This dress belonged to Lady Elizabeth, known as Eliza, 2nd Marchioness of Breadalbane (1803-1861). Provenance by family descent.Lady Elizabeth Baillie of Mellerstain married John Campbell, 2nd Marquis of Breadalbane in 1821 when she was 18. They lived at Taymouth Castle, Perthshire and later Langton House, Berwickshire, Scotland. This amazing dress might have been worn as a coming out dress or part of her trousseau.
Lady Elizabeth Baillie was daughter of George Baillie Hamilton, 10th Earl of Haddington, and Mary Pringle of Mellerstain House, Berwickshire. She was known as 'The Rose Bud Beauty' and married John Campbell, 2nd Marquis of Breadalbane in 1821. They had no children.
Eliza was Lady of the Bedchamber to Queen Victoria, Jan- July 1839. I can find no portraits of her which is suprising as the Breadalbane's were a leading Scottish family. Perhaps they have been kept in the family. Both she and her husband had slight stature judging from the size of this dress and his portrait.
I had some correspondence with the vendor, an ancestor of the family. He wrote: His mother inherited some chattles from her father (the vendor's grandfather) who had lived at Langton for about six years after the First World War. The vendor inherited the clothes with note inside the box, which said they were worn at Queen Victoria's Ball. In the note it said that Lady Breadalbane (Elizabeth, known as Eliza Baillie of Mellerstain) had worn the rose bud dress.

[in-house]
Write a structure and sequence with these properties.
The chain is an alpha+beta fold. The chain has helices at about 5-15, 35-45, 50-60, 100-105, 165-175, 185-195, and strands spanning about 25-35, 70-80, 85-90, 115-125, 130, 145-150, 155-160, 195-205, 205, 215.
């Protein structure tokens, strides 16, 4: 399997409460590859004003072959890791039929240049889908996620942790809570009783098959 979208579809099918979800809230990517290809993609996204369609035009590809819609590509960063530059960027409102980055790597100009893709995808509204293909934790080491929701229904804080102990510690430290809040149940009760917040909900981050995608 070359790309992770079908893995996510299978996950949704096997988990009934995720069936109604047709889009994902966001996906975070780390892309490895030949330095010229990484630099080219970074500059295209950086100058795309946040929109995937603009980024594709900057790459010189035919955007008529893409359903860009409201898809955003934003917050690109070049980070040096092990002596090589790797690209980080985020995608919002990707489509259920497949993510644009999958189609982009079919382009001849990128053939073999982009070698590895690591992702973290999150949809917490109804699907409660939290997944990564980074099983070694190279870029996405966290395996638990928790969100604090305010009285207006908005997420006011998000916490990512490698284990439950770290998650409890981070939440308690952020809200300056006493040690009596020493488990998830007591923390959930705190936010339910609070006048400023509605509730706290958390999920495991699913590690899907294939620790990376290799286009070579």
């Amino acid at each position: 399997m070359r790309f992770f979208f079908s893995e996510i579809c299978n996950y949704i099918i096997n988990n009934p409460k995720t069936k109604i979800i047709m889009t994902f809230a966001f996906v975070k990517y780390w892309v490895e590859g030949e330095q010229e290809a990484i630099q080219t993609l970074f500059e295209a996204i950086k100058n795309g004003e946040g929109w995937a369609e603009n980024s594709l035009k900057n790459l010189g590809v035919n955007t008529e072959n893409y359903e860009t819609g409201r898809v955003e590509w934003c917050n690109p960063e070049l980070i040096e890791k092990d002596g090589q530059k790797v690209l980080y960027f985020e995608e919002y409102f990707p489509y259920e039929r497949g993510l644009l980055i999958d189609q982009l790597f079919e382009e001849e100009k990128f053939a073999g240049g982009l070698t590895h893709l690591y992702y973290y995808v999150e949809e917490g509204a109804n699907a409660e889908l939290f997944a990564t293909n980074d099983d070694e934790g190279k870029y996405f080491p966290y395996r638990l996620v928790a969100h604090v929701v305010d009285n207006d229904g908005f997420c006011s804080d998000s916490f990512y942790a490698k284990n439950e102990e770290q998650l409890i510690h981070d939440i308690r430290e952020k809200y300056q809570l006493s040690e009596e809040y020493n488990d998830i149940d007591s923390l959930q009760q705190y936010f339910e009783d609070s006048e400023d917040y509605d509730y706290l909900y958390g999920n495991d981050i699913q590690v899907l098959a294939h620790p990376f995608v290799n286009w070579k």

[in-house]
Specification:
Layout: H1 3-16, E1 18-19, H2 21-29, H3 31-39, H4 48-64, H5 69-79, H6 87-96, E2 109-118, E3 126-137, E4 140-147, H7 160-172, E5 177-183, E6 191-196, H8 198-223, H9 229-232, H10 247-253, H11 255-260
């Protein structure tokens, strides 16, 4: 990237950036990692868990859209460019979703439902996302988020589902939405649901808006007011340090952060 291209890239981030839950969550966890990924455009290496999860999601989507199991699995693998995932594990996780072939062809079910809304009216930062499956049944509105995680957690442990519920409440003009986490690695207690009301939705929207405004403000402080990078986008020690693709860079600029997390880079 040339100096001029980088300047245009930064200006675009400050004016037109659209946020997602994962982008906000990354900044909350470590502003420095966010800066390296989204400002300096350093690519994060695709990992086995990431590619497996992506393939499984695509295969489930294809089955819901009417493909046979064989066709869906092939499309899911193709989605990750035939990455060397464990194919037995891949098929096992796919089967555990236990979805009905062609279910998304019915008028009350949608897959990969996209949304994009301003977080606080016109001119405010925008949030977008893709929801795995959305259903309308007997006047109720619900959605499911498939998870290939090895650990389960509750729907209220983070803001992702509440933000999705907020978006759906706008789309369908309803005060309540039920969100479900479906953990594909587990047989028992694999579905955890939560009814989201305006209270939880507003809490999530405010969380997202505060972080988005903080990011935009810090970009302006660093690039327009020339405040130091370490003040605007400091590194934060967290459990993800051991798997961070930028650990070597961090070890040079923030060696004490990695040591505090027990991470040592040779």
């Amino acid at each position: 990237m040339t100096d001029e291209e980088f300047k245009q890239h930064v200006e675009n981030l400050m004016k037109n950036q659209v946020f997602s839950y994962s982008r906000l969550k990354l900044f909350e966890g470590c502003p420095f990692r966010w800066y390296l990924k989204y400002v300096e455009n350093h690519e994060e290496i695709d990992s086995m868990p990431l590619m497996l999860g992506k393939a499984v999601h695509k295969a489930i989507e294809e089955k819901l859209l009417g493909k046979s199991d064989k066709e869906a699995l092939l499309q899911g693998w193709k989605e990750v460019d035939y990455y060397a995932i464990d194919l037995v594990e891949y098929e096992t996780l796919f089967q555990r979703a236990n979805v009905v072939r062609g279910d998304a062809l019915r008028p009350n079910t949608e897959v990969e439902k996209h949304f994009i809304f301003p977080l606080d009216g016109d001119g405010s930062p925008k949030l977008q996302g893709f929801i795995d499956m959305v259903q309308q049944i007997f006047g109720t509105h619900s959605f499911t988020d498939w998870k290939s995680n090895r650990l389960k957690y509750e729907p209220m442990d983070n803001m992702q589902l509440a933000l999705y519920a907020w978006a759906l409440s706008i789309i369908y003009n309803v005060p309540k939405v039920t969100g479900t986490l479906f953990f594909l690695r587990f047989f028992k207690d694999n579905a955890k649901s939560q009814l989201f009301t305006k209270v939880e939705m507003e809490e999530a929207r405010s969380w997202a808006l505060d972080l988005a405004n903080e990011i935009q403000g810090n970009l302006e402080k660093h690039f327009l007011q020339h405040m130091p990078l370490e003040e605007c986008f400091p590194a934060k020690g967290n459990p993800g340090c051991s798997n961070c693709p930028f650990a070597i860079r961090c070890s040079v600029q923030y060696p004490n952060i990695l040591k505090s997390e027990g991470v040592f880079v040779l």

This information that the dress had been worn at the Bal Costume in 1851, is not correct as it is much earlier. That ball known as the Restoration Ball, commemorated Charles II being crowned king. The ball was held as part of the Great Exhibition celebrations. There is an 1853 engraving* of the Restoration Ball, which states: Her Majesty Queen Victoria's costume ball at Buckingham Palace, London,UK: Costumes worn by the Marchioness of Breadalbane, Lord Feversham, Lady Ashburton,...... The Morning Post (London), 16 June, 1851, p. 5 reporting on the ball stated that the Marquis of Breadalbane wore a magnificent Highland costume of green velvet, beautifully ornamented in gold. Her Ladyship wore a dress of the fashion of King Louis XIV. Dress and train of blue Gothic moire .......
Eliza's husband John Campbell (1796-1862) was a Scottish nobleman and Liberal politician. Taymouth Castle was the prized residence of the Campbells of Glenorchy and Breadalbane, one of the most powerful families in Scottish history. Originally built in 1552 as Balloch Castle, but demolished in 1806 by the first Marquis of Breadalbane, John Campbell. It was rebuilt as Taymouth Castle, part castle and part country mansion. Queen Victoria and Prince Albert spent their honeymoon at the Castle in 1842. Victoria wrote in her diary of the lavish welcome the couple received. Five years later the couple bought Balmoral.